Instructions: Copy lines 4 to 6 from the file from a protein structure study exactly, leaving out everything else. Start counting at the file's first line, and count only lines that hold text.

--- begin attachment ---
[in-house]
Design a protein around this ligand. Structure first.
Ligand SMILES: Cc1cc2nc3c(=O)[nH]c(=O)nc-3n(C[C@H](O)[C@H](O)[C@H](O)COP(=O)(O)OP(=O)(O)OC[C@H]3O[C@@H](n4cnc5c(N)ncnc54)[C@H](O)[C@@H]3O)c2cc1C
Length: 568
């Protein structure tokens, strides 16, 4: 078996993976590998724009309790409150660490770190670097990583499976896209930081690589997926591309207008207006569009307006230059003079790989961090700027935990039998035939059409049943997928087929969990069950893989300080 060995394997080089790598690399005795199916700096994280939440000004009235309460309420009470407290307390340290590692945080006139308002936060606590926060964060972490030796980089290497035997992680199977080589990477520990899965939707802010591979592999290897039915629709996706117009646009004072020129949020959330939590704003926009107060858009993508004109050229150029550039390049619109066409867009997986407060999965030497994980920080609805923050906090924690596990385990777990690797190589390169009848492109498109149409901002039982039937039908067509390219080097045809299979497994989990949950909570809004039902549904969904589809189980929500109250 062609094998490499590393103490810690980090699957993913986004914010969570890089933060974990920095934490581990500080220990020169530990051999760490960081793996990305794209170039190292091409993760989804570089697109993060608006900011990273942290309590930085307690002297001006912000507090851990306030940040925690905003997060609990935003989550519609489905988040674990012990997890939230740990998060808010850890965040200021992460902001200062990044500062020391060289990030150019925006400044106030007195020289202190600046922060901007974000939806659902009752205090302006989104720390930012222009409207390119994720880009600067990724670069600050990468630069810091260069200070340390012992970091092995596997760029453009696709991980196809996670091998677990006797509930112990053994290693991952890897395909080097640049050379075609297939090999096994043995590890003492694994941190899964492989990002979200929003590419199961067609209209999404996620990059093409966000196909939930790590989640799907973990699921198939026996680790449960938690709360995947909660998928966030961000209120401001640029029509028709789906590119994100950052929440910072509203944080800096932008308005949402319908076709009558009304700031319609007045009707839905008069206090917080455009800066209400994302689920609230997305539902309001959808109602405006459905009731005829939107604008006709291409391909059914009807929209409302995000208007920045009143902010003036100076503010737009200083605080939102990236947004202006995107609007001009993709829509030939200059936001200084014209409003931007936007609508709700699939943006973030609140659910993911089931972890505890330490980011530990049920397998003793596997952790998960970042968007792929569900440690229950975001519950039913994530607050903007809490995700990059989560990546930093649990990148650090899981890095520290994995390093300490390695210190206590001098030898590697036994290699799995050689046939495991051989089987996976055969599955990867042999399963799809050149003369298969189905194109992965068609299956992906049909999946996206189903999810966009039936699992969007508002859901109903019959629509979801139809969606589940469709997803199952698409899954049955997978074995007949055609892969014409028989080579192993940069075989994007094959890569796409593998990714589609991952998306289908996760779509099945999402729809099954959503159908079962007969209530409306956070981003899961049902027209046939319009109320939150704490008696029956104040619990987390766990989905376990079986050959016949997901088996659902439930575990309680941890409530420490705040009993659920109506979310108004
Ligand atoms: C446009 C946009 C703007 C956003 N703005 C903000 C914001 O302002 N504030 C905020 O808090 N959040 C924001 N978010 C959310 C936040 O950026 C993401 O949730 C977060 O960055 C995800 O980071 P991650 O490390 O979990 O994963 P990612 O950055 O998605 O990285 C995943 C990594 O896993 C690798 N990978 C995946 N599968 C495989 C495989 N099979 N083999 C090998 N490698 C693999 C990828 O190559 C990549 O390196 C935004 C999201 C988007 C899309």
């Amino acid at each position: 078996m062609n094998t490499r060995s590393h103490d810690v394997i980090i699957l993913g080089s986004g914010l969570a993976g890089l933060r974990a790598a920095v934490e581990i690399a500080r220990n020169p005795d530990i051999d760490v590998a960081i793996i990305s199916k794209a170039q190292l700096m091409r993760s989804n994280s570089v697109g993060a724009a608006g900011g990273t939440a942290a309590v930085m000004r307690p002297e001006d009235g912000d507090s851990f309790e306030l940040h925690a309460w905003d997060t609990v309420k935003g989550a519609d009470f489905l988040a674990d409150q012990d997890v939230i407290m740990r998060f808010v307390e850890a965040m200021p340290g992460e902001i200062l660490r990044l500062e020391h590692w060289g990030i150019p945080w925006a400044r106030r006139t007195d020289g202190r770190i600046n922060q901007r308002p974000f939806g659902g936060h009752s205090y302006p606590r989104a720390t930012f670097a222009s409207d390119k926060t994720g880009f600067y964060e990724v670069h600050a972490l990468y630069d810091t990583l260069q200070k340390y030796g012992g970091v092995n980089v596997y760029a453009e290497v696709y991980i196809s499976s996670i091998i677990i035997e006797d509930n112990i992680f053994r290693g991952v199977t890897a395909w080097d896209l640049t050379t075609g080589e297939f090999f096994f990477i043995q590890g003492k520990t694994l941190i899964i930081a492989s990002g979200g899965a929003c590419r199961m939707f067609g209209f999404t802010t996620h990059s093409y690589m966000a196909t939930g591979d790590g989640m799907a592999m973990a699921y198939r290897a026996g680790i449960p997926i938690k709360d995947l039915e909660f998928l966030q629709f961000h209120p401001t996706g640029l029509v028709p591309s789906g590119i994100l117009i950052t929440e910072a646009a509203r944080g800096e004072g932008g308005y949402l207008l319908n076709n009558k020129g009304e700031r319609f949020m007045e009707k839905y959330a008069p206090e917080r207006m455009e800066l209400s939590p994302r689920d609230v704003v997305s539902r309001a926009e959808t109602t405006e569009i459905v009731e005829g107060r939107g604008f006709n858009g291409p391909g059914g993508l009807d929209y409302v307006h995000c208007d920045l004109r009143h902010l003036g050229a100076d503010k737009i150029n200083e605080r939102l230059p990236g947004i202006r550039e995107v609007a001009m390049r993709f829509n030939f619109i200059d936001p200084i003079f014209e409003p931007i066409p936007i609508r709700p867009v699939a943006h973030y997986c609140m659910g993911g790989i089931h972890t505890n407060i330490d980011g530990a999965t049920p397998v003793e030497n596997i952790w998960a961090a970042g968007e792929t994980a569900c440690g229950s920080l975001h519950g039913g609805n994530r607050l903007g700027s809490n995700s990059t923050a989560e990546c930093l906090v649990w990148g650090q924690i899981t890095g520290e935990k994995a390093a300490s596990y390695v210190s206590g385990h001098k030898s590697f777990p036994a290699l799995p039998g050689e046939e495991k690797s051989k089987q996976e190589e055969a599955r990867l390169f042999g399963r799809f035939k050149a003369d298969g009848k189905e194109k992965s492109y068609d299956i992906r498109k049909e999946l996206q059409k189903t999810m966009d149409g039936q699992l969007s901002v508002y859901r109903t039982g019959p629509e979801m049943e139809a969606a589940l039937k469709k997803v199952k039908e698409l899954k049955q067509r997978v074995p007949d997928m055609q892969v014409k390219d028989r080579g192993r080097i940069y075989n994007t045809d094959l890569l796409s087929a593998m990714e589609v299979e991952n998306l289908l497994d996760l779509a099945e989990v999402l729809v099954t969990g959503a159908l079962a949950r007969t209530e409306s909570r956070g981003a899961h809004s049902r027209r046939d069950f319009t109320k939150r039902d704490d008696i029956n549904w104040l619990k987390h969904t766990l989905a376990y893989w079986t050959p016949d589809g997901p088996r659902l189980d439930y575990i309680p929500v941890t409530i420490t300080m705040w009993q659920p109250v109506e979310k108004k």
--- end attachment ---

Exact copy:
Length: 568
């Protein structure tokens, strides 16, 4: 078996993976590998724009309790409150660490770190670097990583499976896209930081690589997926591309207008207006569009307006230059003079790989961090700027935990039998035939059409049943997928087929969990069950893989300080 060995394997080089790598690399005795199916700096994280939440000004009235309460309420009470407290307390340290590692945080006139308002936060606590926060964060972490030796980089290497035997992680199977080589990477520990899965939707802010591979592999290897039915629709996706117009646009004072020129949020959330939590704003926009107060858009993508004109050229150029550039390049619109066409867009997986407060999965030497994980920080609805923050906090924690596990385990777990690797190589390169009848492109498109149409901002039982039937039908067509390219080097045809299979497994989990949950909570809004039902549904969904589809189980929500109250 062609094998490499590393103490810690980090699957993913986004914010969570890089933060974990920095934490581990500080220990020169530990051999760490960081793996990305794209170039190292091409993760989804570089697109993060608006900011990273942290309590930085307690002297001006912000507090851990306030940040925690905003997060609990935003989550519609489905988040674990012990997890939230740990998060808010850890965040200021992460902001200062990044500062020391060289990030150019925006400044106030007195020289202190600046922060901007974000939806659902009752205090302006989104720390930012222009409207390119994720880009600067990724670069600050990468630069810091260069200070340390012992970091092995596997760029453009696709991980196809996670091998677990006797509930112990053994290693991952890897395909080097640049050379075609297939090999096994043995590890003492694994941190899964492989990002979200929003590419199961067609209209999404996620990059093409966000196909939930790590989640799907973990699921198939026996680790449960938690709360995947909660998928966030961000209120401001640029029509028709789906590119994100950052929440910072509203944080800096932008308005949402319908076709009558009304700031319609007045009707839905008069206090917080455009800066209400994302689920609230997305539902309001959808109602405006459905009731005829939107604008006709291409391909059914009807929209409302995000208007920045009143902010003036100076503010737009200083605080939102990236947004202006995107609007001009993709829509030939200059936001200084014209409003931007936007609508709700699939943006973030609140659910993911089931972890505890330490980011530990049920397998003793596997952790998960970042968007792929569900440690229950975001519950039913994530607050903007809490995700990059989560990546930093649990990148650090899981890095520290994995390093300490390695210190206590001098030898590697036994290699799995050689046939495991051989089987996976055969599955990867042999399963799809050149003369298969189905194109992965068609299956992906049909999946996206189903999810966009039936699992969007508002859901109903019959629509979801139809969606589940469709997803199952698409899954049955997978074995007949055609892969014409028989080579192993940069075989994007094959890569796409593998990714589609991952998306289908996760779509099945999402729809099954959503159908079962007969209530409306956070981003899961049902027209046939319009109320939150704490008696029956104040619990987390766990989905376990079986050959016949997901088996659902439930575990309680941890409530420490705040009993659920109506979310108004
Ligand atoms: C446009 C946009 C703007 C956003 N703005 C903000 C914001 O302002 N504030 C905020 O808090 N959040 C924001 N978010 C959310 C936040 O950026 C993401 O949730 C977060 O960055 C995800 O980071 P991650 O490390 O979990 O994963 P990612 O950055 O998605 O990285 C995943 C990594 O896993 C690798 N990978 C995946 N599968 C495989 C495989 N099979 N083999 C090998 N490698 C693999 C990828 O190559 C990549 O390196 C935004 C999201 C988007 C899309």